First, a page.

EU humiliation plot: Legal action could force Boris to give grovelling apology to Brussels
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The EU has begun legal proceedings against the UK after Boris Johnson refused to ditch plans to override sections of the Brexit divorce deal. The EU’s decision means that Boris Johnson has two options – a grovelling apology to Brussels, or leaving without a deal according to DW correspondent, Barbara Wesel. Ms Wesel said that the UK’s options have been dramatically reduced following Ursula von der Leyen’s decision to launch legal action this morning.
She explained: “There is, with the EU, always wiggle room in cases like this.
“Now the clock starts ticking. The UK will get a letter, they have a chance to write a letter back.
“They can say, ‘We are sorry, we didn’t mean it like that, can we agree that this didn’t happen?’
“They can try to find some face-saving formula. It is doable, but they will have to walk it back.”
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The DW Brussels correspondent continued: “This is not just a legal detail, this is about the future of trade in Ireland.
“This is about keeping borders in Ireland open and keeping Ireland tied to the internal market of the EU. This has to be kept.
“The Ireland Government is very nervous seeing all these shenanigans coming from London.
“Britain will have to choose: they will either leave with a big crash no deal or they will have to compromise and walk this back.”
The legal action comes after an EU deadline for Boris Johnson to remove sections of the Internal Market Bill expired on Wednesday.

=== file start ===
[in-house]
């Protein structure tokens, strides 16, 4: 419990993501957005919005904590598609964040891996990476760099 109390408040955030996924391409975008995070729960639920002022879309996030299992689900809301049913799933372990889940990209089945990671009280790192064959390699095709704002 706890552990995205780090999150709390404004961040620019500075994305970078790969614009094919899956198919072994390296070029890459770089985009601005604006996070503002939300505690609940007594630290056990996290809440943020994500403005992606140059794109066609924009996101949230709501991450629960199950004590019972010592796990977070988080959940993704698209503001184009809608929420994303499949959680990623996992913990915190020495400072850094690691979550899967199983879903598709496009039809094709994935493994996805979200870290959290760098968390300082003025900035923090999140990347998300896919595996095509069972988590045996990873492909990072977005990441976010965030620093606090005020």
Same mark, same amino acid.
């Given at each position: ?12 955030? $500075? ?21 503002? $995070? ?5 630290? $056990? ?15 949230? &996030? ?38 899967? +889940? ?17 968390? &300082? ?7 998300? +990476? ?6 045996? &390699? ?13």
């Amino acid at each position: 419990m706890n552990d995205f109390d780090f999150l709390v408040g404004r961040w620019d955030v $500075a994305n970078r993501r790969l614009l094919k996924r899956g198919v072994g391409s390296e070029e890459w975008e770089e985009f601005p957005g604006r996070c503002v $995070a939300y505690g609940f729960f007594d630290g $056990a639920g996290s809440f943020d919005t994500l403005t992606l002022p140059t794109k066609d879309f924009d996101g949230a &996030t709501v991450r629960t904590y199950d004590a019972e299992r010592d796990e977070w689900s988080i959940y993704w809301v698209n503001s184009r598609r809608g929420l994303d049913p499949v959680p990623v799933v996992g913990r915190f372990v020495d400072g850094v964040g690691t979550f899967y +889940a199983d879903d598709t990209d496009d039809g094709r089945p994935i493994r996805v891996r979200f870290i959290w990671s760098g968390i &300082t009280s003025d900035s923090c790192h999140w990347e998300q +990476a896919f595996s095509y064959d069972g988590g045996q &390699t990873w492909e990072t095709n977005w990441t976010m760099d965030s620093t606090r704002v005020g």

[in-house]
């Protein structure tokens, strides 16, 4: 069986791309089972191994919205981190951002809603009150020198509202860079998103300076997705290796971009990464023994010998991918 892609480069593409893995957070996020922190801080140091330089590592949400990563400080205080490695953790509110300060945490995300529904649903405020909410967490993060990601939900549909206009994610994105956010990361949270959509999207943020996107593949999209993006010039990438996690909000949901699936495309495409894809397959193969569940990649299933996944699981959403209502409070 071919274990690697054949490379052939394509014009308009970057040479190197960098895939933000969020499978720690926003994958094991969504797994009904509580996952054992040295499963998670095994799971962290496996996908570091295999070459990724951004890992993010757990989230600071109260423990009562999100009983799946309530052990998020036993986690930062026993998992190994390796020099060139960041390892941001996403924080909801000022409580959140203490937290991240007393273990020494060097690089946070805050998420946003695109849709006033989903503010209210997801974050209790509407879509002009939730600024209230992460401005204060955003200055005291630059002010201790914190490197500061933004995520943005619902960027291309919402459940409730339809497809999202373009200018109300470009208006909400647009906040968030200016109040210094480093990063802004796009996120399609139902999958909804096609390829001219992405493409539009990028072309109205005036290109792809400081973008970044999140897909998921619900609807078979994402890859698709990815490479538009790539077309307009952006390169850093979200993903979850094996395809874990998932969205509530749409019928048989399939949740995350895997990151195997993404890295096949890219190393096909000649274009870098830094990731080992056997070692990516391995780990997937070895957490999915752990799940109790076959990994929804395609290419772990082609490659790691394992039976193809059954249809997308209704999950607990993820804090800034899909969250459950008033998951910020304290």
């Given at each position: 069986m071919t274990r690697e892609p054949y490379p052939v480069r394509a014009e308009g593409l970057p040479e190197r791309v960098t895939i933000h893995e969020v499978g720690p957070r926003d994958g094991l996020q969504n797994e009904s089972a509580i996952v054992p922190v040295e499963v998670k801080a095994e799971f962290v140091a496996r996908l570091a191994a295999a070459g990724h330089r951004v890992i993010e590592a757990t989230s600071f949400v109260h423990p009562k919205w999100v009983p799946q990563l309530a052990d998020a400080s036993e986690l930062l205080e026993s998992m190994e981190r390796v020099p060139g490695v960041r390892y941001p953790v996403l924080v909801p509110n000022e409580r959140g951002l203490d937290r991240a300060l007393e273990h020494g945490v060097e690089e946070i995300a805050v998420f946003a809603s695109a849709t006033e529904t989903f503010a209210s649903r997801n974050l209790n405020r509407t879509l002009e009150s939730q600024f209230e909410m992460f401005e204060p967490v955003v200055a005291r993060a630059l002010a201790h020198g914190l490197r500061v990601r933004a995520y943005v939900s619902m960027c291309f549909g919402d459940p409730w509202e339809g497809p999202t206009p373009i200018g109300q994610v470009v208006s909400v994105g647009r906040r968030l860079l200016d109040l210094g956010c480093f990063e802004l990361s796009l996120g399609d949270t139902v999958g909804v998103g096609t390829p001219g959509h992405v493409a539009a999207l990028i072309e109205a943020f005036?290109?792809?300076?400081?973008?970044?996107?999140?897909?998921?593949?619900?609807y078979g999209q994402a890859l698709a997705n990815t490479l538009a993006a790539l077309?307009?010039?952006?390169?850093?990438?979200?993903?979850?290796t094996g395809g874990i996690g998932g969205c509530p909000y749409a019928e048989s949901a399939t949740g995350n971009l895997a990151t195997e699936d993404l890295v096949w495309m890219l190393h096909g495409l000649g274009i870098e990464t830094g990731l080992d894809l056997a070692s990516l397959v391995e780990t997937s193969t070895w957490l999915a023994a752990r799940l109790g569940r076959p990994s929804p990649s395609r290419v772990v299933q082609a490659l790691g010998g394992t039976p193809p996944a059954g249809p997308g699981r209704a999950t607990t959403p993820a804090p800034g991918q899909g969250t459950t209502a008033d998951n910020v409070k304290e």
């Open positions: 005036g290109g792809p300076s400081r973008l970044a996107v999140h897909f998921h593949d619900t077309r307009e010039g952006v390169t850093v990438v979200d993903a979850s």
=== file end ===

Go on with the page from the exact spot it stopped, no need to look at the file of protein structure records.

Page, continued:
Brussels hit out at the Prime Minister for breaching the “good faith” promise both sides signed up to in the agreement struck last year.
The “letter of formal notice” could eventually lead to a court case against the UK at the EU’s top court, the European Court of Justice.
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European Commission President Ursula von der Leyen has given the UK until November to respond to the concerns over the draft legislation.
At the same time, UK-EU trade talks are continuing in Brussels this week.
Prime Minister Boris Johnson has said both sides should “move on” if a deal was not reached by mid-October.
The Commission has also warned it might bring a separate action against the UK through enforcement mechanisms, resulting in fines or suspension of parts of a future trade deal.
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